Ever wonder why hunters and environmentalists don’t break more bread, or even ribs, together? The two groups could be powerful allies given their overlapping interests in conserving the wildlife and wilderness that they both love for different reasons. But too often these groups distance their identities and desires from one another. They portray the other as ignorant and irrational, as either a tribe of blood-thirsty super-hicks or of glassy-eyed tree-huggers. Why don’t wee see more mutual political and ecological agreement? Seen through the lens of the other, either group appears a hardened sub-group of a liberal or conservative agenda. But these groups share more similarities than one might think. They blend at the margins.
In a recent piece in Earth Island Journal, author James Card traces the divergent history of hunters and environmentalists. Card describes how a once harmonious marriage, which oversaw the creation of our first National Parks and environmental groups like the Sierra Club and the Audubon Society, fractured in the 1960s.
There isn’t any single reason why hunters and environmentalists diverged; several factors were at play. The movement of people into the cities, which led to a decline of hunters, was one. The rise of a distinct animal rights movement within the broader environmental movement was another. The specialization of environmentalism into sub-issues not immediately related to wilderness protection – urban ecology, anti-whaling campaigns, climate change mitigation – exacerbated the split.
At the same time, I think, hunting has changed, fractured into its own sub-causes. Although hunting technology hasn’t transformed to the same devastating effect as has commercial or sport fishing tech, the gear changes throughout the seventies and eighties made hunting a lot easier to parody as anti-environmental. ATVs and sniper rifles replaced long walks and bows. Some modern hunters argue that high-powered rifles are cleaner and less harmful than cross bows. This may be. But the way we have militarized and enabled the killing of majestic beasts cheapens what many authors have regarded as a reverential and spiritual act. Something seems wrong about an out-of-shape human being able to fell a two-ton animal from over a thousand yards while munching a snickers and without breaking a sweat. Not all hunters support this form of the sport. Different breeds of purists exist.
I am not a hunter. So I will probably never know the reverence or purity involved in a kill until I try it. Undoubtedly, there is some deep and prehistoric humanity involved in killing your own dinner. I believe those many manly authors who have written so passionately about it. More than these authors though, I believe in Michael Pollan’s depiction of the two-faced nature of hunting, as an experience that brings him both joy and shame. In a New York Times magazine piece, which also serves as a central chapter to Omnivore’s Dilemma, Pollan gets to the heart of the way “hunting is one of those experiences that appear utterly different from the inside than the outside.” Pollan admits his aversion to “hunter porn.” “I never could stomach,” he writes, “the straight-faced reveling in primitivism, the barely concealed bloodlust, the whole macho conceit that the most authentic encounter with nature is the one that comes through the sight of a gun and ends with a large mammal dead on the ground — a killing that we are given to believe constitutes a gesture of respect.” But, trying hunting for the first time, Pollan also swoons at the ways it heightens senses of both humanity and nature. Hunting blurs distinctions between beast and man. The whole ritual – killing, disemboweling, preparing, and eating – he concludes, “reminds us of the true cost of our food, and that, no matter what we eat, we eat by the grace not of industry but of nature.”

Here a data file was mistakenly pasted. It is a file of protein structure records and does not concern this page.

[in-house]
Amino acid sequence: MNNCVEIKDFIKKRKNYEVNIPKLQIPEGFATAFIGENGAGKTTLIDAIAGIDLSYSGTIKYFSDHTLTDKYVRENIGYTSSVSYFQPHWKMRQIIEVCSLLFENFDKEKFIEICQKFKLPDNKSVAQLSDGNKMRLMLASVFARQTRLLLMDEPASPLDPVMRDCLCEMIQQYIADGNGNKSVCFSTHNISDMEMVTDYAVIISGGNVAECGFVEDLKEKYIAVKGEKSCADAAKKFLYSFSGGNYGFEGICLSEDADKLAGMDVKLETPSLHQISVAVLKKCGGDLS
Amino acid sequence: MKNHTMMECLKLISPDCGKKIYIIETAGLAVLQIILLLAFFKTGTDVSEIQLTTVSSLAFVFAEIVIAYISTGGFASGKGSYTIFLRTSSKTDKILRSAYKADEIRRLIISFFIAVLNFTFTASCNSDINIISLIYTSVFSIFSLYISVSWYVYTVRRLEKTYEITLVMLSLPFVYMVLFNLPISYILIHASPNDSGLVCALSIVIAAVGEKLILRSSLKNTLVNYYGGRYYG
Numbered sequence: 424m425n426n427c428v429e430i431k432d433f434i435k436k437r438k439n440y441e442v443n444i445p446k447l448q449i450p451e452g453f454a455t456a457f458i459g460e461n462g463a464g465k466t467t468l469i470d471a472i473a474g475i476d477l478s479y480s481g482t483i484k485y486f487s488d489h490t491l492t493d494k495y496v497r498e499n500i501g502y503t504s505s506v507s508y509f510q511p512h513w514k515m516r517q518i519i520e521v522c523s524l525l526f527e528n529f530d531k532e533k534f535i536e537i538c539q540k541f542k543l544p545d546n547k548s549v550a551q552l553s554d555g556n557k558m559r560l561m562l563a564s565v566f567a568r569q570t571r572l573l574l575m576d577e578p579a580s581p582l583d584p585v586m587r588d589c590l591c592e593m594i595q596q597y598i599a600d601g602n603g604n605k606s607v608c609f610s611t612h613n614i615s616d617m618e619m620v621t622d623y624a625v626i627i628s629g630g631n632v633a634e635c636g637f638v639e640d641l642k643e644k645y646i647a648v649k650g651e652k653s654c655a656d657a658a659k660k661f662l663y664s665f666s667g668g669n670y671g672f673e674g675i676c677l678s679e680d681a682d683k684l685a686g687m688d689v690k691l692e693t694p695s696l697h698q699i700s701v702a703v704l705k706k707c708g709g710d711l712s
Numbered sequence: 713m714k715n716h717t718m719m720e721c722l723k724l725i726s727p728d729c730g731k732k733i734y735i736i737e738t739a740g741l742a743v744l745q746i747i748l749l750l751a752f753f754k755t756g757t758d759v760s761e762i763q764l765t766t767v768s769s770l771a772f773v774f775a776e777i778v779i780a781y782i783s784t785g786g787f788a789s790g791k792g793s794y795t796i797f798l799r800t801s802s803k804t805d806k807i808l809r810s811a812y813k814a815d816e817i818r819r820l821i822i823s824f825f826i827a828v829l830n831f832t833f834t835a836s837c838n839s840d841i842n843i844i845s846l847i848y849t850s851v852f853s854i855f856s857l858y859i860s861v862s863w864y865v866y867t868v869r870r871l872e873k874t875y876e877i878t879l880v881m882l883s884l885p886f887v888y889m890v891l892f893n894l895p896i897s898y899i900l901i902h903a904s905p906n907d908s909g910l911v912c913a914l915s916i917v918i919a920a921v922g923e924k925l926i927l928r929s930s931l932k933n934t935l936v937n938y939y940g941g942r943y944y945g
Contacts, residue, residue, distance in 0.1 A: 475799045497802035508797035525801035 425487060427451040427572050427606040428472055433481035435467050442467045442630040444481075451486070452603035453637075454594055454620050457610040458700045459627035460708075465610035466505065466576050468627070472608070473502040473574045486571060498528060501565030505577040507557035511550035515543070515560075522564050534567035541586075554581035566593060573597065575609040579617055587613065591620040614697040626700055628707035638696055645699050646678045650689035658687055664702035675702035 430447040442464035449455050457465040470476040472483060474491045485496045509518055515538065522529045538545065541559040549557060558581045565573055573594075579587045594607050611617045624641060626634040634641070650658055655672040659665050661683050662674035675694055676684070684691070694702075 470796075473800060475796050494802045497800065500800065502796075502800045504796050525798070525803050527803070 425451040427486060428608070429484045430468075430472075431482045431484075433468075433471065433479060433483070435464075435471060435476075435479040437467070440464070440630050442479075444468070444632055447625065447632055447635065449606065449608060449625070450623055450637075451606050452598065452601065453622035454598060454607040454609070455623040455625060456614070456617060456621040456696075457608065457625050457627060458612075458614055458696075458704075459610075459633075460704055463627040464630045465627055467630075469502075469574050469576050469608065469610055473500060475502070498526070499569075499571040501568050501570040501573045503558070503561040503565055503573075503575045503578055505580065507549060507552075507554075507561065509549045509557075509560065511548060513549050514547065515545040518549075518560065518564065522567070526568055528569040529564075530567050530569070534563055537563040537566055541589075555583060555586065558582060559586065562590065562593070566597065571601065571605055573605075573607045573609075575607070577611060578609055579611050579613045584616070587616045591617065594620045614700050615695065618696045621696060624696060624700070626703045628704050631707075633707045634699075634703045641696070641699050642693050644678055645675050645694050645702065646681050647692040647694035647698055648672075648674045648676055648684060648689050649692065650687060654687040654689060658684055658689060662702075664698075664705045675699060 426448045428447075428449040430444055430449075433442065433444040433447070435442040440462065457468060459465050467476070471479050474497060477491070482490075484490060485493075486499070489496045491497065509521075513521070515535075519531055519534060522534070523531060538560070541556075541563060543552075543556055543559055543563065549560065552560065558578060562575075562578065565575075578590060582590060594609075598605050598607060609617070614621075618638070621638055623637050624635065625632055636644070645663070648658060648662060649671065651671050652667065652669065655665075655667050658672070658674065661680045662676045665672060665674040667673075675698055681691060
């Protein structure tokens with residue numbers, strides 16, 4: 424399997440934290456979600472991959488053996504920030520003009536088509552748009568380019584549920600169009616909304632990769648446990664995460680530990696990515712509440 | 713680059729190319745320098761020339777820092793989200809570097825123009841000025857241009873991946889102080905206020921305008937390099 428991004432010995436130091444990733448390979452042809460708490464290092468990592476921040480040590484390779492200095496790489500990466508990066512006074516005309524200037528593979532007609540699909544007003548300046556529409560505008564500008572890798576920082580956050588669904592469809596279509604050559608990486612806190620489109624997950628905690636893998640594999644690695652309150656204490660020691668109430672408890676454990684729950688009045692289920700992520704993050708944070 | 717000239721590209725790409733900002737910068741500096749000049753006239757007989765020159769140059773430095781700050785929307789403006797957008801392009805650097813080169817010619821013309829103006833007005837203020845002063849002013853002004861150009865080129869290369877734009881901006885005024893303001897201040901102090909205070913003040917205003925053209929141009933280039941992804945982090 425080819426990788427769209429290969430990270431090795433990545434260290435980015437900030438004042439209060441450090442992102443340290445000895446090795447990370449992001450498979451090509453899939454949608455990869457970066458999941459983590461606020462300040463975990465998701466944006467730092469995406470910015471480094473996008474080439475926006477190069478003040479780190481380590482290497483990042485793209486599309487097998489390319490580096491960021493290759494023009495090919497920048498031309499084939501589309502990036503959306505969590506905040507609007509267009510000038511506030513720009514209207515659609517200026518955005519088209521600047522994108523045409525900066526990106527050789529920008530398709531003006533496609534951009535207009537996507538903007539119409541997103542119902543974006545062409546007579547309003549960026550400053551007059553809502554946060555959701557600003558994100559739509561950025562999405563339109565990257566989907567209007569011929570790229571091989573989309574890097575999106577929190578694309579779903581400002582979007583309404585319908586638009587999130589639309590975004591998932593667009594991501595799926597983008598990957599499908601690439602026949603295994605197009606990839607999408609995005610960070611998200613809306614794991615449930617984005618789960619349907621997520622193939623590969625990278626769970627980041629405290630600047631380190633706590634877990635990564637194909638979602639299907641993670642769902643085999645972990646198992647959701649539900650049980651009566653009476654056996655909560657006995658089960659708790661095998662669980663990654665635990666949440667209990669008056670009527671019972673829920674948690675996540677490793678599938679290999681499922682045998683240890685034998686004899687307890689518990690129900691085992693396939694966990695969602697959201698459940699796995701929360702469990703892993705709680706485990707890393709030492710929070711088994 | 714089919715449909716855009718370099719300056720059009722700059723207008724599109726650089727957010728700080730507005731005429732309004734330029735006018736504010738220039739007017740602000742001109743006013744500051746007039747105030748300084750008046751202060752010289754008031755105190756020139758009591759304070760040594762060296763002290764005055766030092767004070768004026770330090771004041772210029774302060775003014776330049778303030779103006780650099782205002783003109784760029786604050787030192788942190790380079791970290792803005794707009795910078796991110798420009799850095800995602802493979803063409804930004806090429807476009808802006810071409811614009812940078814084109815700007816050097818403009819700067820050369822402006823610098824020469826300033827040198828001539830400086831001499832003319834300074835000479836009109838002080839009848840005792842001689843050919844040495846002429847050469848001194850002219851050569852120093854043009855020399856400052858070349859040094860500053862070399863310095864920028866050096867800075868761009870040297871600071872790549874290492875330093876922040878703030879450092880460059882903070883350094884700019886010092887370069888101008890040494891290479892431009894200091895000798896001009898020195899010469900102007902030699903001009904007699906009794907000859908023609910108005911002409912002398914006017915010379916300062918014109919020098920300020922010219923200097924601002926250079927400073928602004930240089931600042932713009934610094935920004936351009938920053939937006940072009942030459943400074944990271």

Other hunter-authors corroborate this idea. And it is here, in recognizing the true cost of what we eat, that environmentalists and hunters find some common ground for empathy and compromise, for protecting public land and biological diversity. In his article, Card highlights the 1937 Pittman-Robertson Act, also known as the Federal Aid in Wildlife Restoration Act, as one that has clearly benefited both parties through the years. The law requires money generated from taxes on firearms, ammunition, and hunting licenses to be used for wildlife restoration and conservation projects. The law has helped raise over 12 billion dollars since its inception. Fishing licenses serve the same purpose. Paying for a privilege promotes stewardship, in attitude and in acres. Also, many environmental groups recognize that hunters serve as ecological allies when it comes to culling species, usually invasive or predator-less ones, whose unregulated growth can harm biological diversity.